- The Washington Times - Thursday, September 28, 2000

Cory Raymer's slim hopes of returning this season are gone.

The Washington Redskins' center, sidelined since the final week of training camp with a severely sprained right knee, will undergo season-ending surgery today to reconstruct a torn ACL. His six-month rehabilitation should allow him to be ready for next spring's minicamp.

Raymer, 27, initially suffered Grade II sprains of his ACL and MCL, as well as meniscus damage, when a teammate fell on his knee during practice Aug. 14. Redskins trainers allowed Raymer the chance to rehabilitate without surgery, but he re-injured the joint during a routine agility drill in practice Thursday.

The second injury initially was believed to affect the meniscus, which would have left open the possibility of playing this season. Instead, Dr. James Andrews found in Birmingham, Ala., yesterday that Raymer had fully torn the ACL. Today Andrews will determine the extent of Raymer's MCL and meniscus injuries and repair them when he performs the ACL surgery.

"When you look back on it, I'm glad for Cory's sake that we attempted to come back," Redskins trainer Bubba Tyer said. "He did so well through that rehab period… . I was really excited about the fact that it looked like he could come back. But it was misleading."

The end of Raymer's season leaves center Mark Fischer less room for error. Fischer, 26, who had not made an NFL snap before this season, is trying not to think about his status as the starting center for the Redskins' $100 million payroll. Instead he's trying to correct his tendency to make mistakes.

"Every game I have two bad, bad plays … where I just regret not taking advantage of that play," Fischer said. "And then I have four or five other ones where I [may] have got the job done, [but] it just looked ugly. I can live with the four or five ugly plays. I need to eliminate the bad, bad plays."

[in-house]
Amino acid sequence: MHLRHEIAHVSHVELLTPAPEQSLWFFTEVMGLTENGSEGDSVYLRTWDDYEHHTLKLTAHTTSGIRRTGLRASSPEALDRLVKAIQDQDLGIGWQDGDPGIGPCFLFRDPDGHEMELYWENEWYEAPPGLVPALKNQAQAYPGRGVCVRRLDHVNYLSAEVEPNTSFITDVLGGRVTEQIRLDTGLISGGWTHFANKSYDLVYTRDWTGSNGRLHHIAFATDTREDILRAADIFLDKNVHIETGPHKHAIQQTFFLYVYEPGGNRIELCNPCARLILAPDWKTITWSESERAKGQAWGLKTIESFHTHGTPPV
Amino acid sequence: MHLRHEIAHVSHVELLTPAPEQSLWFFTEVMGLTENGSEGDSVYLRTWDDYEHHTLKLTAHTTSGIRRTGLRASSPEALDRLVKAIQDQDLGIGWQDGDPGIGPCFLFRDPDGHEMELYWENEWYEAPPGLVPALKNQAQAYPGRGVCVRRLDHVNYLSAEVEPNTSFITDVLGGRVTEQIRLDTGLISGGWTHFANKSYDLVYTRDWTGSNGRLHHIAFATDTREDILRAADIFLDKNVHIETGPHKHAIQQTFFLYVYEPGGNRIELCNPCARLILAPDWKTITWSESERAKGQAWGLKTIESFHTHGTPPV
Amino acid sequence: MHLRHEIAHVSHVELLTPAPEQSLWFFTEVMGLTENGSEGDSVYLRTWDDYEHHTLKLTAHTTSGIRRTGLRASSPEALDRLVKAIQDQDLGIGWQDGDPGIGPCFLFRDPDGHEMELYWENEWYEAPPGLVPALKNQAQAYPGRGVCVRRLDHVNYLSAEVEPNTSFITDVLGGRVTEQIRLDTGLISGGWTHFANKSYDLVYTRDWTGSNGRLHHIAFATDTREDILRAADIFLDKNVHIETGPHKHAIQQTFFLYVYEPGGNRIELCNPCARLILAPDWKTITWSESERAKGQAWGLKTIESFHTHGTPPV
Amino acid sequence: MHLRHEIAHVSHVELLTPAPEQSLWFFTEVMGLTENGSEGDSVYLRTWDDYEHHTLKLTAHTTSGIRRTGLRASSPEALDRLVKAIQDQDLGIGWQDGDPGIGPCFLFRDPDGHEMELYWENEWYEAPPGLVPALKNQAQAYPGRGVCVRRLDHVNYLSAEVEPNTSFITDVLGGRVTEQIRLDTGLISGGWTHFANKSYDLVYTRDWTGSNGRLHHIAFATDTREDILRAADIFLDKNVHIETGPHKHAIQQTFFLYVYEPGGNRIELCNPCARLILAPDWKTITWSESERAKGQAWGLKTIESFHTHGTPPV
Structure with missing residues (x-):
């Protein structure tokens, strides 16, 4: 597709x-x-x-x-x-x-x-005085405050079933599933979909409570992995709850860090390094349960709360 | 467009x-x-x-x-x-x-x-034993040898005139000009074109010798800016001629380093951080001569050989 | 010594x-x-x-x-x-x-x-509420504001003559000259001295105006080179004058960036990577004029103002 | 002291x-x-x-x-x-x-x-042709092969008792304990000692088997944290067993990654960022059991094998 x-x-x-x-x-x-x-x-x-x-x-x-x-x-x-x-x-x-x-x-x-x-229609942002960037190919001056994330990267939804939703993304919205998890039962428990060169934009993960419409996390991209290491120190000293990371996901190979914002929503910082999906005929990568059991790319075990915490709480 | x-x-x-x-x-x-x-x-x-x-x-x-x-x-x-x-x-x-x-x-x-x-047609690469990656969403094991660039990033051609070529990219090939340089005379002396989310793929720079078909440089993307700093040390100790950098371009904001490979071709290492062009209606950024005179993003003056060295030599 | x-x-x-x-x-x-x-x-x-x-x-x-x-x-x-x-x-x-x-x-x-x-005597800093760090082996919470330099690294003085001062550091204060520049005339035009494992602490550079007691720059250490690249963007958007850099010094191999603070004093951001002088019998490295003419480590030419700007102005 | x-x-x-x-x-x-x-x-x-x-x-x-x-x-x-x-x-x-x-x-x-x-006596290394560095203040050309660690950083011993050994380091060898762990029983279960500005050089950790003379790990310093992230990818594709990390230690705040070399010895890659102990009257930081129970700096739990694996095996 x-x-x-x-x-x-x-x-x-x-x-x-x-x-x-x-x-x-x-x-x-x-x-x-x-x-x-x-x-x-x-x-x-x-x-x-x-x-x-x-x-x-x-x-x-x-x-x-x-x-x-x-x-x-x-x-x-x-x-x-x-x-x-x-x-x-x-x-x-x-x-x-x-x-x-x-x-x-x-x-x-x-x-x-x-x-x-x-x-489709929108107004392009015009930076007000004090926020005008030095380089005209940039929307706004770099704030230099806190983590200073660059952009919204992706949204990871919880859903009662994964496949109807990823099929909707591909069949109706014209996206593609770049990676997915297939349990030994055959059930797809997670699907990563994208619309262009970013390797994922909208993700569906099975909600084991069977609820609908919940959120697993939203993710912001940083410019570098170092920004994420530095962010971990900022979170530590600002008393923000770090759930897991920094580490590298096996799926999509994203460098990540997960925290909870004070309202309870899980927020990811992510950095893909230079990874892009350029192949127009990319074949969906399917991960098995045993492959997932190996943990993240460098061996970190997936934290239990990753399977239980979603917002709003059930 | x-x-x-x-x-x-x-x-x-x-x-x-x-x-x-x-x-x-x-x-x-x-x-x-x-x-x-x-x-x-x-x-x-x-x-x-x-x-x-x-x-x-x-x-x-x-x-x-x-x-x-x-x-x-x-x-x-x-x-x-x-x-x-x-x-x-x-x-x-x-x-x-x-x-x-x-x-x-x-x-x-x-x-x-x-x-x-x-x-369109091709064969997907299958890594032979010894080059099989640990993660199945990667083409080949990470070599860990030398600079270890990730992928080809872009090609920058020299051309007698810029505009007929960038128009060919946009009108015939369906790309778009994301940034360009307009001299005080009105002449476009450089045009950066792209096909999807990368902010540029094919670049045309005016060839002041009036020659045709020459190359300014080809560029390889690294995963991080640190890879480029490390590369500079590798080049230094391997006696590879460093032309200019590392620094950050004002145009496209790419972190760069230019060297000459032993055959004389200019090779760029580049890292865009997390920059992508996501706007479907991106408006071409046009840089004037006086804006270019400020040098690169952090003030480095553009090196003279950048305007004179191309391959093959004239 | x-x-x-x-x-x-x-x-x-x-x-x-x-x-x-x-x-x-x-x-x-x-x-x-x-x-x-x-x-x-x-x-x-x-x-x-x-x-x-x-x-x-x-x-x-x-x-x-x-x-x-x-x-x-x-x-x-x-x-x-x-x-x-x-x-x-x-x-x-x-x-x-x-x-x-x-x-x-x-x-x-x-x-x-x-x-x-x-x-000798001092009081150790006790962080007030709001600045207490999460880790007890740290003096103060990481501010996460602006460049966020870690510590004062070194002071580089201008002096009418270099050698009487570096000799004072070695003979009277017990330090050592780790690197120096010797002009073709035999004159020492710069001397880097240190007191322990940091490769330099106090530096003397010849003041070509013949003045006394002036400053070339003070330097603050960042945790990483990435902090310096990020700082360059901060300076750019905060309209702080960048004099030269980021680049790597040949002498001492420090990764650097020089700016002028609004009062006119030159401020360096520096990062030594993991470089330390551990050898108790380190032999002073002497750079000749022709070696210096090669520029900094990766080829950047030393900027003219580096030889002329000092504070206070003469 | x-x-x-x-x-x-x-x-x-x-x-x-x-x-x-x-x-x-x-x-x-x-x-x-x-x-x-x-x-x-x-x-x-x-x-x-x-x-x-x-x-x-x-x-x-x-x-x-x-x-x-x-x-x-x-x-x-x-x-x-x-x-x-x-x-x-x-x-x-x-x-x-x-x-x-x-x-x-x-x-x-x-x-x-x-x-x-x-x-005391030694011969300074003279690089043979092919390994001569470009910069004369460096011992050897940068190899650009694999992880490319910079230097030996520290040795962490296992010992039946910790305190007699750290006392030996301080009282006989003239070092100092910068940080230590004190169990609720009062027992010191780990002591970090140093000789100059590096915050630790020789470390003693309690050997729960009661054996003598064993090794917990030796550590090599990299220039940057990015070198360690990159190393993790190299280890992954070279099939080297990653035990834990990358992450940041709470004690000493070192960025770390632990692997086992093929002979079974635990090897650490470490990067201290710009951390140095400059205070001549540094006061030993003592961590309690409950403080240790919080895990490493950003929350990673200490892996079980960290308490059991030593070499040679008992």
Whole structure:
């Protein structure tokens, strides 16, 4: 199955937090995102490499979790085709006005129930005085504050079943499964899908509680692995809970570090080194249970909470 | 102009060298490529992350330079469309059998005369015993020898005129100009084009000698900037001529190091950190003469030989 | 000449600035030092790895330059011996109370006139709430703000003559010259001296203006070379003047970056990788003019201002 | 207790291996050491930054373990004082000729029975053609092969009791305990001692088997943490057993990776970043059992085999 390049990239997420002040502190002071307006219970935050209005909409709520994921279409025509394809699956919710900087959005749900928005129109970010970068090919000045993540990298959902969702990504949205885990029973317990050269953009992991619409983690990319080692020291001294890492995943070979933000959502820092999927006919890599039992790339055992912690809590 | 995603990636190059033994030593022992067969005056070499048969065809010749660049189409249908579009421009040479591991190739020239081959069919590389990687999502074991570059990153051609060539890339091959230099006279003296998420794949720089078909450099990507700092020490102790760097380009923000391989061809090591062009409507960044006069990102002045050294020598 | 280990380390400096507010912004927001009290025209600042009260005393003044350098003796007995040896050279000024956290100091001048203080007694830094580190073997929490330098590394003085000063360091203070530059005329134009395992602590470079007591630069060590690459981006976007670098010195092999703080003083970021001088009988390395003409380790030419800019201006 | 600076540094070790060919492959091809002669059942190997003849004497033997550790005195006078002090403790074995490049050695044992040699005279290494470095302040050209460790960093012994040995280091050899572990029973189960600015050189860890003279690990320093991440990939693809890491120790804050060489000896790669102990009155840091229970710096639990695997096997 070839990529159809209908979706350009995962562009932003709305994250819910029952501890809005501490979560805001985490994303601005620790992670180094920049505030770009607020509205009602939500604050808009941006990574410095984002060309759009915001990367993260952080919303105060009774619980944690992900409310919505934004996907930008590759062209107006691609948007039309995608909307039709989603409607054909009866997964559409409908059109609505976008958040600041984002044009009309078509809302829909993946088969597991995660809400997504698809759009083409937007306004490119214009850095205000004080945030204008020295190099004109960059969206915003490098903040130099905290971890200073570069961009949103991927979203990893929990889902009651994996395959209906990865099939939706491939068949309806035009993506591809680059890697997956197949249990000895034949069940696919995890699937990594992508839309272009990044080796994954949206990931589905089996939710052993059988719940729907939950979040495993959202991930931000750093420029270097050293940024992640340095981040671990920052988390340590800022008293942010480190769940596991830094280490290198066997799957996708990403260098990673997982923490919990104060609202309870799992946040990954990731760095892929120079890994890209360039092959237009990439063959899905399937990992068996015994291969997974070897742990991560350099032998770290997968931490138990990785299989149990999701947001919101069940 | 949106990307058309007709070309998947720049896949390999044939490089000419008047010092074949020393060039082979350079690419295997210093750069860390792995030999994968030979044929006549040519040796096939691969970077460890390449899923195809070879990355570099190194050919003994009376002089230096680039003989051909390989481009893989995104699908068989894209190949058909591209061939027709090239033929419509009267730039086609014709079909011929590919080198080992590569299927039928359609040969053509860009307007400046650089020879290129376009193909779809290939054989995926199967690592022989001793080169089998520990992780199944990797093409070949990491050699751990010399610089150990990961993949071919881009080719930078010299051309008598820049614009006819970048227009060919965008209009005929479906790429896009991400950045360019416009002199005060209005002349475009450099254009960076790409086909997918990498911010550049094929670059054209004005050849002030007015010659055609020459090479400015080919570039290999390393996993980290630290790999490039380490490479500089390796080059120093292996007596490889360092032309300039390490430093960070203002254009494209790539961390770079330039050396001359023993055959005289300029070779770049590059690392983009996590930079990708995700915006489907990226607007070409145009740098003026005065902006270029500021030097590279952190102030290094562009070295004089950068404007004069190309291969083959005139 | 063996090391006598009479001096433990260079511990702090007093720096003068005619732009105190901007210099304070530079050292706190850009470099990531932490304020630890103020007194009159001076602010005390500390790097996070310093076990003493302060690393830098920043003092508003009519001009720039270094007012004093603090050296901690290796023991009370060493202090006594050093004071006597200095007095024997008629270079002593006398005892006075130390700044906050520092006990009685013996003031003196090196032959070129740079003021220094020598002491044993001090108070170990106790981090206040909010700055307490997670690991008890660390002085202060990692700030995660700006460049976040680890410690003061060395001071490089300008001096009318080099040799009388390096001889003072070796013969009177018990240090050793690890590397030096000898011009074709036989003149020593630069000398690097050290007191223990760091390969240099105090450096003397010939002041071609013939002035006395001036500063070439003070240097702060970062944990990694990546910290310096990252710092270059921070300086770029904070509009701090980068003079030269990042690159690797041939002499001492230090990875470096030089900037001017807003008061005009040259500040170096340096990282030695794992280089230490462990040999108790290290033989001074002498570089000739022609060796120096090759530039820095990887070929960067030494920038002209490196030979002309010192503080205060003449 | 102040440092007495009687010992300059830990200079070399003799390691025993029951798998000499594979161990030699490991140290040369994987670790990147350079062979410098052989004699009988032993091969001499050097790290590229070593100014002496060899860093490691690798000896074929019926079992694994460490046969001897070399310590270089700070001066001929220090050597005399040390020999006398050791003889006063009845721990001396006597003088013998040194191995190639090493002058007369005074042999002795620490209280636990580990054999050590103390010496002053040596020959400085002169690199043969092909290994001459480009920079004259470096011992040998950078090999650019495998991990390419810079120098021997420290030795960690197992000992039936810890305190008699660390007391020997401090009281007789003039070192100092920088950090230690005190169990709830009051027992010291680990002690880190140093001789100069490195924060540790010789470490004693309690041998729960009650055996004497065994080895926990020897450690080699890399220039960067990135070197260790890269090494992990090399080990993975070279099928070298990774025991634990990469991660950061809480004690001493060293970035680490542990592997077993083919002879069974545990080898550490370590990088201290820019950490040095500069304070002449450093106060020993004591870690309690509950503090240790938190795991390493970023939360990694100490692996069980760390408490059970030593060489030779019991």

Fischer's biggest mistakes last week were stepping on the foot of quarterback Brad Johnson, leading to a sack on Washington's first snap, and playing too high on a play against New York Giants defensive tackle Keith Hamilton and yielding a key tackle. The week before, Fischer caused an 18-yard sack by snapping the ball over Johnson's head.

"He can play better," offensive line coach Russ Grimm said. "It's just a consistency factor. He does some things extremely well. Every now and then something [bad] pops in there. Those are the things you've got to eliminate. But that happens to everybody."

Grimm has been impressed with Fischer's performance on reach blocks and his ability to make the calls that set up the line. But Grimm would like to see Fischer get a lower center of gravity.

The Redskins also have Jay Leeuwenburg to play center. Leeuwenburg started for right guard Tre Johnson in Week 1 and has practiced in place of injured left guard Keith Sims the past few weeks, but he also gets practice snaps at center. Leeuwenburg's versatility will allow the Redskins to pursue a center or guard in free agency if they want to shore up the line.

Westbrook upbeat

Wide receiver Michael Westbrook, also sidelined for the season with a knee injury, spoke about his slow emotional recovery from the torn ACL and torn meniscus he suffered Sept. 10 at Detroit.

"I was at home with nobody around," said Westbrook, who will undergo surgery Oct. 10 in Vail, Colo. "No girlfriend, no family, no friends, no nothing. I was really down. I just wanted to be by myself."

Westbrook, 28 and coming off his first 1,000-yard season, spent his time alone reading books and watching movies. He finally emerged from his despondency a week and a half ago. He's now confident he will return for 2001.

"I'm not hopeful I know I'll be back," he said. "There's no looking back. I'm coming back, and I'm going to be even better than I was before."

Conway evaluated

Former Redskins kicker Brett Conway underwent an MRI on Tuesday for his strained quadriceps, the injury that landed him on injured reserve last week. Conway, 25, said the exam revealed blood and scar tissue on the muscle.

This second opinion is crucial as the Redskins attempt to reach an injury settlement with Conway and sever his ties to the team. Conway was replaced by Michael Husted, 30, who missed an extra point and a 30-yard field goal Sunday.

The Redskins have worked out 24-year-old Jaret Holmes in case Husted cannot regain the form that made him Tampa Bay's all-time leading scorer (502 points, 1993-98). But Washington's shuffling of kickers is starting to build up against the salary cap.

Conway's $472,000 salary counts until he reaches a settlement or rehabilitates his injury. When Husted signed, $97,000 of his salary was guaranteed, as required for a vested veteran. So if the Redskins released Husted next week and signed Holmes, they would have a $700,000 cap figure for a kicker with no NFL experience.

Health watch

Starting fullback Larry Centers (hyperextended elbow) and tight end James Jenkins (pinched neck nerve) practiced and are probable against Tampa Bay. Sims (Achilles' tendinitis) did not practice. He also is listed as probable Sunday, but his status for practice remains day-to-day.

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